Similarly, the black-on-black crime argument isn't just an evasion, it's actually a colossal act of racism in and of itself.
Again: Imagine if this were used against any common conservative bugaboo. Imagine if the liberal response to the "War on Christmas" allegations weren't, "You have no special right to have your holiday dominate public spaces" but was instead "Hey, guys, as long as Christians are bombing people and torturing captives, you should expect that you get shut out of public spaces". Imagine if anyone complaining about affirmative action costing them their job was told, "You know, as long as white collar crime is disproportionately white, you should be glad you have a job".
It'd be monstrous to say those things. It's monstrous here.
A whole community cannot be judged by their criminals. The fact that some black individuals are guilty of crime is in fact no justification for naked black teenagers to be shot. There is no collective racial responsibility unless one is in fact not just a racist but the kind of venal racist that assumes that there's some kind of mystic connection between people who share some genes. Bringing up black-on-black crime in response to complaints of police brutality to the face of grieving mothers and tormented communities tells them, "Until you fix every problem in your neighborhood, I won't even listen to you".
Of course, the argument is stupid on many more levels, but just the colossal racism involved in asserting that argument alone should give any reasonable person pause. In reality, police brutality helps cause black-on-black crime. Criminals in minority communities are more able to get away with violence because their victims are much less likely to trust the police or want to cooperate with them. Moreover, when justice is arbitrary and random, actual criminals are able to plausibly claim that they're just being set up or facing the same injustices that other people have. An "us-versus-them" dynamic is why gangs tend to emerge. Organized crime overwhelmingly tends to come about when people can't rely on the ostensibly legitimate authorities to protect their turf, honor and respect them, and give them real opportunities. Organized crime acts as a de facto militia, government and underground economy all in one, as destructive as it is. Again, one only need to watch The Wire to see how poor police behavior helps push communities away into the kind of isolation, fear and desperation that breeds crime.
And, of course, men like Al Sharpton, Jesse Jackson and Barack Obama have all harshly criticized gang violence and criminality in black communities and have made many major efforts to try to resolve them. I have not met a single person anywhere in BLM or in groups that sympathize with and ally with BLM who don't say loudly that black-on-black crime is a serious problem.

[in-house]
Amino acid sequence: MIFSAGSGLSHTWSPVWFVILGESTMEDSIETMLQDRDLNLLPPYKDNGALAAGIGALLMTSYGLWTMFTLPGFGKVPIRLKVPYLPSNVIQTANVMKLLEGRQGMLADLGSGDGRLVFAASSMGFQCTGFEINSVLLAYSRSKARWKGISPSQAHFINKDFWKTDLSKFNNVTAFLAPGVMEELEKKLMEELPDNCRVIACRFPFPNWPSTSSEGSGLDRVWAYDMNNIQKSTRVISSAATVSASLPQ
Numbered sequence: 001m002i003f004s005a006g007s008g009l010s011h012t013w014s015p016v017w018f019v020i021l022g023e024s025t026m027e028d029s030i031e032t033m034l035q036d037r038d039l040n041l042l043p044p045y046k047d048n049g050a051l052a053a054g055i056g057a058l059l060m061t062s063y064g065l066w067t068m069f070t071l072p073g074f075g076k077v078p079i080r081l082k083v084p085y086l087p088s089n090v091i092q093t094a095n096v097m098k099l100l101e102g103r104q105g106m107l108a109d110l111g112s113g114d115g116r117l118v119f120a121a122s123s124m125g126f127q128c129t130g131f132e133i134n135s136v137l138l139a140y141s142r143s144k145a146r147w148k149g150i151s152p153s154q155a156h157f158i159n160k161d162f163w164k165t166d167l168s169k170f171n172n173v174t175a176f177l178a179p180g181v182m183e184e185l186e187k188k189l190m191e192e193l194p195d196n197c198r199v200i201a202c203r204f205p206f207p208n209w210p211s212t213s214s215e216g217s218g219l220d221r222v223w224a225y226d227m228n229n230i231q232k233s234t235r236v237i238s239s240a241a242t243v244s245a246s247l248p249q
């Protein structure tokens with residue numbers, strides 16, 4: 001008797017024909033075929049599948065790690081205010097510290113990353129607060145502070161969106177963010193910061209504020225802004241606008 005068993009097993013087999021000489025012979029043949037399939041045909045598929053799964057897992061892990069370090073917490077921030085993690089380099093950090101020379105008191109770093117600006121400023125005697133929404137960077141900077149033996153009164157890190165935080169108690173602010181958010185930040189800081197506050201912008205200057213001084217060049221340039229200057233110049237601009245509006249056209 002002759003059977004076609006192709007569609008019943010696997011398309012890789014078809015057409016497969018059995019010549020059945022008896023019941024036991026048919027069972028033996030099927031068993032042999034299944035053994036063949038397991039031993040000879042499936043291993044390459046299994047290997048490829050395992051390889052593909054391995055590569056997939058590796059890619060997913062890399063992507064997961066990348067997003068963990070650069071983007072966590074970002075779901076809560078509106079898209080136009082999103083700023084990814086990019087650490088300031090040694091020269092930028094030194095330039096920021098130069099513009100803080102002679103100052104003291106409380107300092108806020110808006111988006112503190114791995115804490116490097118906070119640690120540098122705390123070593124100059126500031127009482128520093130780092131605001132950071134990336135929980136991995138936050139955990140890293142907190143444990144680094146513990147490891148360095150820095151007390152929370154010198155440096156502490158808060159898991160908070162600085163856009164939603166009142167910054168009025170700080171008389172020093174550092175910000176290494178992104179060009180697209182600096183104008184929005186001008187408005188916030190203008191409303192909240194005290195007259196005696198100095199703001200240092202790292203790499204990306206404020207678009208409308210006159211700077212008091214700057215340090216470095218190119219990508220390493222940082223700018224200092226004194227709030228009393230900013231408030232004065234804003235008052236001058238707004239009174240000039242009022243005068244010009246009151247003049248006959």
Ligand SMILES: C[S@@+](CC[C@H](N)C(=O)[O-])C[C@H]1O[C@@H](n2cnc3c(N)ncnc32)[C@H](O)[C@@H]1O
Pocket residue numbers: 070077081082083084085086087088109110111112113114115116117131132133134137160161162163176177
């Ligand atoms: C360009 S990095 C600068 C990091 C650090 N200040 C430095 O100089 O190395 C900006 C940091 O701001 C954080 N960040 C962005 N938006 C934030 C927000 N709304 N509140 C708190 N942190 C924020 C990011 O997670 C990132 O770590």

oh, and another niggling little point: We don't pay the salaries of gang members. There's no collective social responsibility for the actions of criminals. There is for anyone who we employ as our civil servants. The fact that this tiny distinction has to be repeatedly pointed out shows just how deep the well of denial of racial animosity goes in this country.
But, of course, black-on-black crime is supposed to be something that the black community fixes. The very same people who claim that we're all in this together as Americans then want to cut their fellow Americans out to dry and not help. The causes of crime everywhere are complex, but we have decades of sociology about those causes, and poverty and community structure are the leading suspects. Crime isn't a black, white, Hispanic or Asian issue: it's an American issue. Resolving long-standing issues like failing infrastructure, poor employment prospects, a low minimum wage, segregated and failing schools, etc. is part of the picture of solving crime.
The black community and the white community aren't monoliths. There are specific neighborhoods, specific people and specific groups. Yes, we are all in this together, and yes, there are shared responsibilities that we all have. I've talked extensively about how white communities need to take some responsibility for the poison of racism. A huge part of that is that "With great power comes great responsibility", of course, but ultimately what is good for the goose is good for the gander.
But no movement toward justice should ever be forestalled because of another tangentially related problem. That's not how responsibility works.
Let's conclude by thinking again about Rodney King. Did the man lead police on a drunken car chase? Yes. That was a colossal mistake and a serious crime, and he deserved to be brought to justice and punished to the fullest extent of the law. But he didn't deserve to be beaten by hotheads. We don't want police officers cracking the skulls of unarmed men like, say, Henry Davis, a man in Ferguson who got put into jail because of a confusion about his identity.
In a democracy, we should never be afraid of our police. We are paying their paychecks. We should expect that they can execute justice calmly, compassionately and intelligently. If they can't, they don't deserve their job. If police are to (reasonably) expect that their sacrifices are honored, then they have to earn our respect with exemplary behavior. If the job matters, it has to be done right.